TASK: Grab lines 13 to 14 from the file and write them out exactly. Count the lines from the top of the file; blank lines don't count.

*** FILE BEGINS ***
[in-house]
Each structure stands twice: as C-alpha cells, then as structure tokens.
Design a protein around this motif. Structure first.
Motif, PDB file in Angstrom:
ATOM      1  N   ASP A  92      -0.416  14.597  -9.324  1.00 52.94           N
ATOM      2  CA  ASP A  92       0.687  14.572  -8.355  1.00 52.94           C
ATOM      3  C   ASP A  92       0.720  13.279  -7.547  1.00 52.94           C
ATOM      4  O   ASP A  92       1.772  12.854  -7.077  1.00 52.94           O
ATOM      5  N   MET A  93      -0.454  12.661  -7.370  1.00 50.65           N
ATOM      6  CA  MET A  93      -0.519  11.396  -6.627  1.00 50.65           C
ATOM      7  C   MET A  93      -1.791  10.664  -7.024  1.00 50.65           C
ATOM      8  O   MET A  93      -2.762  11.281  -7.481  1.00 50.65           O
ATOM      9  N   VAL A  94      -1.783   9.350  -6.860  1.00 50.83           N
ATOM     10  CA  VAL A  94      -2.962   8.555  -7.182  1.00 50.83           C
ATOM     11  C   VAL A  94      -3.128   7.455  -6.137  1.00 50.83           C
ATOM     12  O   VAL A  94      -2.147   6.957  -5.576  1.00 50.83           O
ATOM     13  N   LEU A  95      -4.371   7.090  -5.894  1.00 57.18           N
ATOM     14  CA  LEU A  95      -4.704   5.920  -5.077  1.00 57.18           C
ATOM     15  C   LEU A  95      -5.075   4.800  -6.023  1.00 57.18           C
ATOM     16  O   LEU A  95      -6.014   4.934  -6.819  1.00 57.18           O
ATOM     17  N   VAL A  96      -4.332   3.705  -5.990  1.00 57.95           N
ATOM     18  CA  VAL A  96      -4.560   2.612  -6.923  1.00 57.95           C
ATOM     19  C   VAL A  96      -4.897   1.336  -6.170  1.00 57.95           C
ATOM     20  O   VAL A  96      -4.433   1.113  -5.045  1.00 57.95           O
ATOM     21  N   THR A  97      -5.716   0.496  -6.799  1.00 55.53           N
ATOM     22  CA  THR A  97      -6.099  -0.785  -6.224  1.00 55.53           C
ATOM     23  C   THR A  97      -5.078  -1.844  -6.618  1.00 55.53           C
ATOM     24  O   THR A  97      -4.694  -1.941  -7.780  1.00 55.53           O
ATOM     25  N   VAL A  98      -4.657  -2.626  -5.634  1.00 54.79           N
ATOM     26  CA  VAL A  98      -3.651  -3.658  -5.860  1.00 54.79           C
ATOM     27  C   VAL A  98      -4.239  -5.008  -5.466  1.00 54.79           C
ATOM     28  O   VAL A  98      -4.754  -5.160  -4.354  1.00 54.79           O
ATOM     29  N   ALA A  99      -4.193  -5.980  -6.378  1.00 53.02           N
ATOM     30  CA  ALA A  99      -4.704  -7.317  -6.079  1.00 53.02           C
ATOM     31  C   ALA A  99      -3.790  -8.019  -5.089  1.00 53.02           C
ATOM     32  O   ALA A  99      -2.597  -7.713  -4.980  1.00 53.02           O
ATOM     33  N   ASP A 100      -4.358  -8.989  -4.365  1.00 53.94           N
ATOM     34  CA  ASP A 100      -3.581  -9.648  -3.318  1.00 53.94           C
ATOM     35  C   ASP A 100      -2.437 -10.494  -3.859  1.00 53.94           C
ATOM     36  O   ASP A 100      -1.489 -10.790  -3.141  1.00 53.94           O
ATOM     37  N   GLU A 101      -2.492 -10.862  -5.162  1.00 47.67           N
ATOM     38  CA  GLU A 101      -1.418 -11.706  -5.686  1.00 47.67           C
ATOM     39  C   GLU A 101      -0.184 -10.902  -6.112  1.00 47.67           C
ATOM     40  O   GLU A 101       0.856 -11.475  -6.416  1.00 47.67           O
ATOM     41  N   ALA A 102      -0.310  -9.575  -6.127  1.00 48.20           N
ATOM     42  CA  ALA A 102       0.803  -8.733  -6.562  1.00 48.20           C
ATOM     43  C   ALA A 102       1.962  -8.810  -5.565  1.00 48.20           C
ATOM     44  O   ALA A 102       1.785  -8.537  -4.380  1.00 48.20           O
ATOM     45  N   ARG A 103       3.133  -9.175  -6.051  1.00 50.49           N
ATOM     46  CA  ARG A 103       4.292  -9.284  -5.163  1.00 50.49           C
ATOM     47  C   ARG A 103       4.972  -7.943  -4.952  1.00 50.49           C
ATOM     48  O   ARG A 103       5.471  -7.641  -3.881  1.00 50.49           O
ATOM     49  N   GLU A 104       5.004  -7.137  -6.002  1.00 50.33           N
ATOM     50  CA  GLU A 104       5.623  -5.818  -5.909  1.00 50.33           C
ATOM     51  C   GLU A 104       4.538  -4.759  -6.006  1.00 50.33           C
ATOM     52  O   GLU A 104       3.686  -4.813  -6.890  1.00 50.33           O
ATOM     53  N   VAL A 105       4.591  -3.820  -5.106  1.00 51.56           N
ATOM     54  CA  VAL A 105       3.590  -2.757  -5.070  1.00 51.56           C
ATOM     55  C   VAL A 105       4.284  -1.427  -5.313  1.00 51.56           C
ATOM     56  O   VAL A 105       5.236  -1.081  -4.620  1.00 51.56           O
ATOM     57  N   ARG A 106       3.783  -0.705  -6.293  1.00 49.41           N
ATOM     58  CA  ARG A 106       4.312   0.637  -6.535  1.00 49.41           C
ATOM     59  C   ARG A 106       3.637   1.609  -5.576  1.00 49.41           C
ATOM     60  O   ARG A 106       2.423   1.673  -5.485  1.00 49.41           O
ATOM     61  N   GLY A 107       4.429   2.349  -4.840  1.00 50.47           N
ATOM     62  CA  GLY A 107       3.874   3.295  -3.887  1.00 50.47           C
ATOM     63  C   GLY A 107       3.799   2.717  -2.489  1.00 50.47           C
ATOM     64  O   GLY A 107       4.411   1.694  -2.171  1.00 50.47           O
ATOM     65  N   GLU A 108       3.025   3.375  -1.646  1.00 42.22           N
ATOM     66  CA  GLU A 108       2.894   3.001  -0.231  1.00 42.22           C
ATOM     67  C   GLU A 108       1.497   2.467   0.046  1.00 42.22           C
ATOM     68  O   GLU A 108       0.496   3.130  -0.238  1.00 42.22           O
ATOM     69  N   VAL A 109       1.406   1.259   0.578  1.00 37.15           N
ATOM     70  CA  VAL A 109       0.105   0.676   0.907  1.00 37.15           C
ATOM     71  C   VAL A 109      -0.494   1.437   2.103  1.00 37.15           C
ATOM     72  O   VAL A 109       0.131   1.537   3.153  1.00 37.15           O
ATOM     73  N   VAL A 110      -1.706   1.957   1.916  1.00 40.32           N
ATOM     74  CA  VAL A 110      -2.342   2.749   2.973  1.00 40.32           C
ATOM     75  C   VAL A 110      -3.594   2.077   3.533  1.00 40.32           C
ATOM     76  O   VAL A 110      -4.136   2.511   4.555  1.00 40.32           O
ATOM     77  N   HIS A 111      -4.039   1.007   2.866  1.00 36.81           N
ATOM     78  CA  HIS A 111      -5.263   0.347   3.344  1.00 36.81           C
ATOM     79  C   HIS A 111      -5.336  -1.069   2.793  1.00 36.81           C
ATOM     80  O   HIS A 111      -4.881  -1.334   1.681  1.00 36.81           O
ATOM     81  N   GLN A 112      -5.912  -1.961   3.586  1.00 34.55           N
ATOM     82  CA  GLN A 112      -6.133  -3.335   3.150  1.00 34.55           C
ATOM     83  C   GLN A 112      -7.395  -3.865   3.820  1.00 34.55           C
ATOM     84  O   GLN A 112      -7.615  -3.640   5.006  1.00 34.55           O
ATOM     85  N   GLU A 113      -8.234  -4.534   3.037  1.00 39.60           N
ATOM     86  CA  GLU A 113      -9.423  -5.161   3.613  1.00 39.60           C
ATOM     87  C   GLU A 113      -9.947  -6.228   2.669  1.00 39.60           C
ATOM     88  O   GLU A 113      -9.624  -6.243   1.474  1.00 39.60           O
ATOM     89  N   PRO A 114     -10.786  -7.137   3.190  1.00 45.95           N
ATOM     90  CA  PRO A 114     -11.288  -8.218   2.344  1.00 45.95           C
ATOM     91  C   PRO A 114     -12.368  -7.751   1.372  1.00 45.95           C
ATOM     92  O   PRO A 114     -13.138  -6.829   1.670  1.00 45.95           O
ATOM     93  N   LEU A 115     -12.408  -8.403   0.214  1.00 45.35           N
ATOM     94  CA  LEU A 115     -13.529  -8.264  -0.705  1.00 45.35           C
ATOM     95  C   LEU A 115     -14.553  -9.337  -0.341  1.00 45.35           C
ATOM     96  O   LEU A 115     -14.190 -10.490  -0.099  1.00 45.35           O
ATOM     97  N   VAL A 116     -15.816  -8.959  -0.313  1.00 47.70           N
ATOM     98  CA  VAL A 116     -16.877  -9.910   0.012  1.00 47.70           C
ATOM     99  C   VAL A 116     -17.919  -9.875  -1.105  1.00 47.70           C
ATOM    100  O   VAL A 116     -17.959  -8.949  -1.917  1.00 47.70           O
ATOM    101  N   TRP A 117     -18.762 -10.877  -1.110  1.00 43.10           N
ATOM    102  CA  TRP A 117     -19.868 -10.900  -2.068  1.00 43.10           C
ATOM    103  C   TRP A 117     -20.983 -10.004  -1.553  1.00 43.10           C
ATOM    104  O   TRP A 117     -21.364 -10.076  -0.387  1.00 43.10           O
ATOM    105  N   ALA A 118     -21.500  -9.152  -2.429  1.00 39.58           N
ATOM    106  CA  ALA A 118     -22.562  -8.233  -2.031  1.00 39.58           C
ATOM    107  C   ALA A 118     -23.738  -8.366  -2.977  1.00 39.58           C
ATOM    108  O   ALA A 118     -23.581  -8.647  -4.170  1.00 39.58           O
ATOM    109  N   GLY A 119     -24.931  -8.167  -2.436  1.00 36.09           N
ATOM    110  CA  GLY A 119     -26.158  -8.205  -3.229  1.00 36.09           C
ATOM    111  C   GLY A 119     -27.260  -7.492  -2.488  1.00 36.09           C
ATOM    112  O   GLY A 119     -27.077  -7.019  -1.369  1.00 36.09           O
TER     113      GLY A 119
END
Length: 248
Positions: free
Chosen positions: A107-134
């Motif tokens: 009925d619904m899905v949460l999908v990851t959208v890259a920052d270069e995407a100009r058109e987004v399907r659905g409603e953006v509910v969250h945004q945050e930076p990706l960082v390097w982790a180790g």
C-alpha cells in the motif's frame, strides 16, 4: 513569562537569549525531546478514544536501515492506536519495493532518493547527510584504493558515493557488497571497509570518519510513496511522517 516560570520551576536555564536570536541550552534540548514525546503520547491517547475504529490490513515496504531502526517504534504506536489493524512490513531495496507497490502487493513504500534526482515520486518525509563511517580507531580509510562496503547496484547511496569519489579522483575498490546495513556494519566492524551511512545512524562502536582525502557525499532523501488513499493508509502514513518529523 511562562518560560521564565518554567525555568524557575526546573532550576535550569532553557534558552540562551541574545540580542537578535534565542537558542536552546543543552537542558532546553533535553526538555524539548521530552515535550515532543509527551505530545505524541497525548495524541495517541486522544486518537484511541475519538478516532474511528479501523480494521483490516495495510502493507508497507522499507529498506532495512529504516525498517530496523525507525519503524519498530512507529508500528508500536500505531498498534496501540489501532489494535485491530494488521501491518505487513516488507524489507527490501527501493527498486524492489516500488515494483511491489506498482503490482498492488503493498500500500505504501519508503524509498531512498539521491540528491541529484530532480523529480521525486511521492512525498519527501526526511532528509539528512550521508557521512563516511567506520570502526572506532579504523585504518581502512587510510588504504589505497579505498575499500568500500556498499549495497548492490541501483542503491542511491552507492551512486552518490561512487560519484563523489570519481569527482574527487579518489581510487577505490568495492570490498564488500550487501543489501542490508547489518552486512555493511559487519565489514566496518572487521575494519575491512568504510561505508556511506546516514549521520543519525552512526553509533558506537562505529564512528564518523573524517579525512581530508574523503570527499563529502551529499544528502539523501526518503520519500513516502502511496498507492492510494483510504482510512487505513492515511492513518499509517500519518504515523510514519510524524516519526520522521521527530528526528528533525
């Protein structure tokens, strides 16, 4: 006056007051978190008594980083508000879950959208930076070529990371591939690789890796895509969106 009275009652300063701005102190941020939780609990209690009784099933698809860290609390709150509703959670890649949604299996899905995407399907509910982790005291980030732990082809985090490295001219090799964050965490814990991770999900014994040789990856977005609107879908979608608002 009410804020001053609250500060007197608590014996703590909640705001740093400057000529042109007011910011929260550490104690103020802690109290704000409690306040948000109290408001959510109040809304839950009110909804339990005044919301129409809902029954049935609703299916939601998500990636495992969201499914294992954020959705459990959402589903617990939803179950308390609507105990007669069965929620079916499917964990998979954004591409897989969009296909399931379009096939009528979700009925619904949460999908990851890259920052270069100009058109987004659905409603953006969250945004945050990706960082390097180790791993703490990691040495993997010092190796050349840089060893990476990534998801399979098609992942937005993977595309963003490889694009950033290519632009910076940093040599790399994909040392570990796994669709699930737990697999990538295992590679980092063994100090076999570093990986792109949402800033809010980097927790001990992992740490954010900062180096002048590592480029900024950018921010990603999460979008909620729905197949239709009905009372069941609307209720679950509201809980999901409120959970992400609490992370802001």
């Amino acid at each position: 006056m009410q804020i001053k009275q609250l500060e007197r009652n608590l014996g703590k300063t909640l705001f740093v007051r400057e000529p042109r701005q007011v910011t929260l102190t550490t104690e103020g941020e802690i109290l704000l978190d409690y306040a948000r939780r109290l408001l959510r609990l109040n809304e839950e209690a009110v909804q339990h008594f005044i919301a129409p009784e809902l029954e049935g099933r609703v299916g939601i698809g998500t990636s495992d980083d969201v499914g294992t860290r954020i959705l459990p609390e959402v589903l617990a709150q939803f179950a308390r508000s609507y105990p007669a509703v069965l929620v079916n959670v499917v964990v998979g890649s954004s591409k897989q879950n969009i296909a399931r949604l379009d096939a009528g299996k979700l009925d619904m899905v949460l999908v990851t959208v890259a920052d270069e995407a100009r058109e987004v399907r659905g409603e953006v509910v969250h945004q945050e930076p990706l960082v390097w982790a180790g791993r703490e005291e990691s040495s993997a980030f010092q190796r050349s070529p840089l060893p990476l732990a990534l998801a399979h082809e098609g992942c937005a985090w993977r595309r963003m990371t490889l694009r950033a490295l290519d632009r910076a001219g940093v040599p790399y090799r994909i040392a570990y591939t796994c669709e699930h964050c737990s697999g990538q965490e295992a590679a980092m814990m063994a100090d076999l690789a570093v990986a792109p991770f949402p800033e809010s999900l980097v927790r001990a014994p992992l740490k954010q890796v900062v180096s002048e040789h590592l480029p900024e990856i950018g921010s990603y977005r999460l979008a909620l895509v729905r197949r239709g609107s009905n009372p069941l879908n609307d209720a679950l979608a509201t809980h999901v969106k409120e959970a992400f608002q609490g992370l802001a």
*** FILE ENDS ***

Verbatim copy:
ATOM      9  N   VAL A  94      -1.783   9.350  -6.860  1.00 50.83           N
ATOM     10  CA  VAL A  94      -2.962   8.555  -7.182  1.00 50.83           C